- Since February 24, 2014 BDCs have dropped due to concerns over institutional holdings.
- Investors will ultimately flee to higher quality BDCs over the next two months.
- Currently BDC prices are impacted most by pricing concerns and trading volumes.
BDCs have fallen an average of 6% since S&P announced on February 24, 2014 that it would remove BDCs from its indices and was followed by Russell announcing the same on March 3, 2014. This series will discuss the reasons and potential short and long-term impacts of these changes as well as the opportunities and risks to investors. Many BDC analysts are suggesting that investors stick to higher quality and more efficient BDCs such as this announcement from Wells Fargo: "we believe investors should roll back exposures to lower quartile BDCs in favor of Quartile 1 names-simply due to the fact that Quartile 1 BDCs stand to generate less volatility in light of the pending Russell rebalance" and this Barron's article that discusses Baird's view that more efficient internally managed BDCs such as Main Street Capital (NYSE:MAIN) and Triangle Capital (NYSE:TCAP) will outperform due to smart institutional investors acquiring the shares during the Russell selloff. However in the short-term this is not the case and many of the higher quality BDCs have been hit the hardest. Over the next few weeks investors should be looking for these opportunities and buying on the dips.
The table below shows the change in average daily volume compared to the change in stock price. I have also included the February 24, 2014 stock price as a multiple net asset value ("NAV") per share.
Obviously trading volumes for BDCs that have had the largest declines have increased the most but more importantly is that the higher priced companies, on average, fell the most. MCG Capital (NASDAQ:MCGC) is an outlier and dropped for the reasons discussed in "Hercules Technology Vs. MCG Capital". There are a few reasons I believe that higher NAV multiples and the recent declines are related. I should start off with the difference between retail and institutional investors as related to BDCs because it will be a common theme throughout this series and is the most important issue related to BDCs being dropped from the indices. The key differences are the amount information, research and influence that institutional investors have. This can be a good or bad thing as discussed in "BDC Risk Profiles Part 4: Insider And Institutional Ownership". Basically institutional investors are "smart money" and needed to keep pricing aligned with quality. If management of BDCs starts to make bad decisions these investors can influence them or sell shares. Many of the higher priced BDCs have large amounts of institutional investors especially Hercules Technology Growth Capital (NYSE:HTGC) and THL Credit (NASDAQ:TCRD), and to a lesser extent Golub Capital BDC (NASDAQ:GBDC). MAIN has much less but has also not dropped as much. There is a chance that if BDCs are excluded from the indices there will be less institutional investors, above and beyond the ones that track the Russell indexes, and may have already started selling shares but will most likely buy them back in May or June during the rebalance. Another reason for these declines is that retail investors usually price BDCs based only on NAV so many of them consider these BDCs to be overpriced.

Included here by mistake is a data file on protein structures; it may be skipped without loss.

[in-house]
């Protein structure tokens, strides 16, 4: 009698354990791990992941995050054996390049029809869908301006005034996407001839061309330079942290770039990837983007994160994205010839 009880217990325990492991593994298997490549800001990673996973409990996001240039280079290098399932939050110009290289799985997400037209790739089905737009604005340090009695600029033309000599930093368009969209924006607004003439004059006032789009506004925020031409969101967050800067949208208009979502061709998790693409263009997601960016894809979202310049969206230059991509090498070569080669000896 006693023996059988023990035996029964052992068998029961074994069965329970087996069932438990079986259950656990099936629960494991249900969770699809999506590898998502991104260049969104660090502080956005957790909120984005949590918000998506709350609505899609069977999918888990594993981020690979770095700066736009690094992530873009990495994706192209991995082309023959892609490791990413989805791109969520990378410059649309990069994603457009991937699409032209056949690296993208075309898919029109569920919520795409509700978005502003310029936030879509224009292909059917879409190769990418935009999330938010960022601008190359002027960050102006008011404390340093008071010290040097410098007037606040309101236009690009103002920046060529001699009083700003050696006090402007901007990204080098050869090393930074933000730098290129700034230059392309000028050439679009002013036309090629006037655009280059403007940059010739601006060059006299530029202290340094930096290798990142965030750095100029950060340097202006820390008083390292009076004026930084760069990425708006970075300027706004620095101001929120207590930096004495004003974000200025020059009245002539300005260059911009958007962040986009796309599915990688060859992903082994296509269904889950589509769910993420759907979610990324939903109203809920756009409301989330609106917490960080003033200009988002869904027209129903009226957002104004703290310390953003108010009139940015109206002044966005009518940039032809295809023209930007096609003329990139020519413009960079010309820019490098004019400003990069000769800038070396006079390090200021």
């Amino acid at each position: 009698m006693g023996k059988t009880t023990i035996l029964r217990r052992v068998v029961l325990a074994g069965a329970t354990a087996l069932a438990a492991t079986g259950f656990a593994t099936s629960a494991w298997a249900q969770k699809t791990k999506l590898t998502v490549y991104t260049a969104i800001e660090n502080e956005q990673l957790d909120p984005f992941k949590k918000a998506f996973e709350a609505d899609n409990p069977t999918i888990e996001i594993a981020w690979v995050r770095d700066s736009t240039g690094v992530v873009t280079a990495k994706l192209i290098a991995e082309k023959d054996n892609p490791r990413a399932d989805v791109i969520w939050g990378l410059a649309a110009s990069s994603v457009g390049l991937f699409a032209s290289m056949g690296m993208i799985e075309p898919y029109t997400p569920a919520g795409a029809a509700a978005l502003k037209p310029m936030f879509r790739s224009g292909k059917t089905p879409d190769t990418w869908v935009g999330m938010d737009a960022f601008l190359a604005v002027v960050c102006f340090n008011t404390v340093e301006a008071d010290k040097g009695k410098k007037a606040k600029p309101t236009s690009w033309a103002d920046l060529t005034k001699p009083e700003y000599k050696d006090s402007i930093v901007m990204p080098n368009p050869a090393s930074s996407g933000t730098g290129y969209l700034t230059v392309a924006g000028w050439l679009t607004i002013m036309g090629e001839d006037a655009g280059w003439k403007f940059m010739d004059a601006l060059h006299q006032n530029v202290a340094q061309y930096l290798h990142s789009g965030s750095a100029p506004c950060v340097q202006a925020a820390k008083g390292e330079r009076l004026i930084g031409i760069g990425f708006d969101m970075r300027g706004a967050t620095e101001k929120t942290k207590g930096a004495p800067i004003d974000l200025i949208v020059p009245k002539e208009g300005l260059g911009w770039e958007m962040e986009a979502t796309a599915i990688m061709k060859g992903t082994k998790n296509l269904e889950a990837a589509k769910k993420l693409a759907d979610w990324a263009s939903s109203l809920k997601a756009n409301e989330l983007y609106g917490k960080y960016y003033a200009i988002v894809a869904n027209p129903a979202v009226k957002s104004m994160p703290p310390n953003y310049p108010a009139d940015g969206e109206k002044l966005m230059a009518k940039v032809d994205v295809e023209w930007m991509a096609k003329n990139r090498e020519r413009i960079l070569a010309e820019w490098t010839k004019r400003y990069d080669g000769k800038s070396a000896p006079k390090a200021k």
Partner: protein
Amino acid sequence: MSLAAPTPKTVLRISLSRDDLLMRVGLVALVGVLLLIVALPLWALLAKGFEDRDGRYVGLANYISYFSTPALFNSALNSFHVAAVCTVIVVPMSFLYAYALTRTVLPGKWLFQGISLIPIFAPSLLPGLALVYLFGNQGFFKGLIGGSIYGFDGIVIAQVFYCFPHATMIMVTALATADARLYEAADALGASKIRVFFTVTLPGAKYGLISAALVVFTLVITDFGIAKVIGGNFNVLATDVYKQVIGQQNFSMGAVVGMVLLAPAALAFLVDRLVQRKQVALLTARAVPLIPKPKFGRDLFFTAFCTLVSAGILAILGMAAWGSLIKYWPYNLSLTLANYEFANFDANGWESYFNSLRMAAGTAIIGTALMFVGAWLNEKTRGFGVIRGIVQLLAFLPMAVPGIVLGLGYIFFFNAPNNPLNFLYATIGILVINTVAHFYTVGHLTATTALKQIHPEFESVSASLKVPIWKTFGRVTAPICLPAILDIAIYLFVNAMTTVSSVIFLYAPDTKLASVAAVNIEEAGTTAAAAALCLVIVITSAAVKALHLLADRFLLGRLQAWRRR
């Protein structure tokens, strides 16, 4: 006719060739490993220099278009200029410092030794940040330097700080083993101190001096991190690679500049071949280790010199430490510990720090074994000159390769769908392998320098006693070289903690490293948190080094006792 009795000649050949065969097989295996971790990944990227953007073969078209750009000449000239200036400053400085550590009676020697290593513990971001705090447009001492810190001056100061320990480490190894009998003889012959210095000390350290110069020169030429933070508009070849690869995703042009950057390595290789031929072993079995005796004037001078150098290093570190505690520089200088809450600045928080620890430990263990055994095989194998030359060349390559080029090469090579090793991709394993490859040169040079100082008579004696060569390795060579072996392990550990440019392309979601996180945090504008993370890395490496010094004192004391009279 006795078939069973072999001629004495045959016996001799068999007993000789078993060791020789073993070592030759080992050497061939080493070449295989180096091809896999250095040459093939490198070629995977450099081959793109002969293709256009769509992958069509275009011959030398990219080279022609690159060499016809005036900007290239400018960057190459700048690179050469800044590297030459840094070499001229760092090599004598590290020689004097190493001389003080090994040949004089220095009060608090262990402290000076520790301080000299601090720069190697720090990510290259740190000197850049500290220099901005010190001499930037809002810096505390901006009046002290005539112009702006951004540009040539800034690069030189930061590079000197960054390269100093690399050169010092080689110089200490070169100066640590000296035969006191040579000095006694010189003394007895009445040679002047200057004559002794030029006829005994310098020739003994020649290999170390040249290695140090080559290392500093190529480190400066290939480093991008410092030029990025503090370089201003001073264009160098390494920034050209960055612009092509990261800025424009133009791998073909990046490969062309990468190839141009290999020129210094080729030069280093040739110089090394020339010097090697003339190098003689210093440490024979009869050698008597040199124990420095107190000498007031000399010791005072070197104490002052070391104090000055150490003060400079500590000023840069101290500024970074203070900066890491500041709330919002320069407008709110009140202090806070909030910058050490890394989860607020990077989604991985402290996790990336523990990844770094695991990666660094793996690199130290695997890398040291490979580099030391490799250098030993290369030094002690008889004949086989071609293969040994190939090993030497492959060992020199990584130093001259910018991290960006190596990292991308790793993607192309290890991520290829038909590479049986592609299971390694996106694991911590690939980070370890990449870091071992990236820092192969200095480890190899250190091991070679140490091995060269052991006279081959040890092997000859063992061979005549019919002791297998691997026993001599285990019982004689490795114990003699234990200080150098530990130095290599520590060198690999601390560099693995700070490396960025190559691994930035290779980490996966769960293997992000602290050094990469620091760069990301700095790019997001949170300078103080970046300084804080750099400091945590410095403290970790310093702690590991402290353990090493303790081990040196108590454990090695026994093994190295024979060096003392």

The other issue that has led to recent price declines is related to volume. Russell gave the SEC until May 15 to remove the Acquired Fund Fees ("AFF") reporting requirements for BDCs and this will impact BDCs with lower trading volumes because of fears of downward pricing pressure from selling. I will cover the AFF issue later in this series. The following table shows the amount of shares that is related to the Russell rebalance, the last three months average trading volume and the amount of days it would take to trade. Keep in mind that these volumes have gone up as previously discussed and going forward I believe the BDCs that will take longer for the rebalance to finish will see shares trading down as we get closer to the May 15 deadline. It should also be noted that both American Capital (NASDAQ:ACAS) and Ares Capital (NASDAQ:ARCC) have less shares as a percentage of total due to being in the Russell 1000 with only 3% of shares compared to the others in the Russell 2000 with 8% exposure.
Larger BDCs such as ARCC, ACAS, Prospect Capital (NASDAQ:PSEC), Apollo Investment (NASDAQ:AINV) and Fifth Street Finance (NASDAQ:FSC) will not be impacted as much due to higher trading volumes. I believe companies such as Fidus Investment (NASDAQ:FDUS), Solar Capital (NASDAQ:SLRC), Solar Senior Capital (NASDAQ:SUNS) and PennantPark Floating Rate Capital (NASDAQ:PFLT) will start to see higher pricing volatility over the next few weeks.
The rest of this series will continue to focus on the potential impacts to BDCs as well as the current pricing anomalies that investors should be taking advantage of. BDCs such as HTGC, MAIN, ARCC, GBDC, TCAP, TCP Capital (NASDAQ:TCPC) and New Mountain Finance (NYSE:NMFC) will most likely rebound and be the higher quality investments that institutional investors will continue to hold.
Investors should only use this information as a starting point for due diligence. See the following for more information:
- Free Weekly Newsletter
- Suggested BDC Portfolios
- Index to my articles (updated frequently)
- Latest BDC Rankings (as of March)
Disclosure: I am long HTGC, MAIN, TCPC, FSC, ARCC, FDUS, TCRD, PSEC, NMFC. I wrote this article myself, and it expresses my own opinions. I am not receiving compensation for it (other than from Seeking Alpha). I have no business relationship with any company whose stock is mentioned in this article.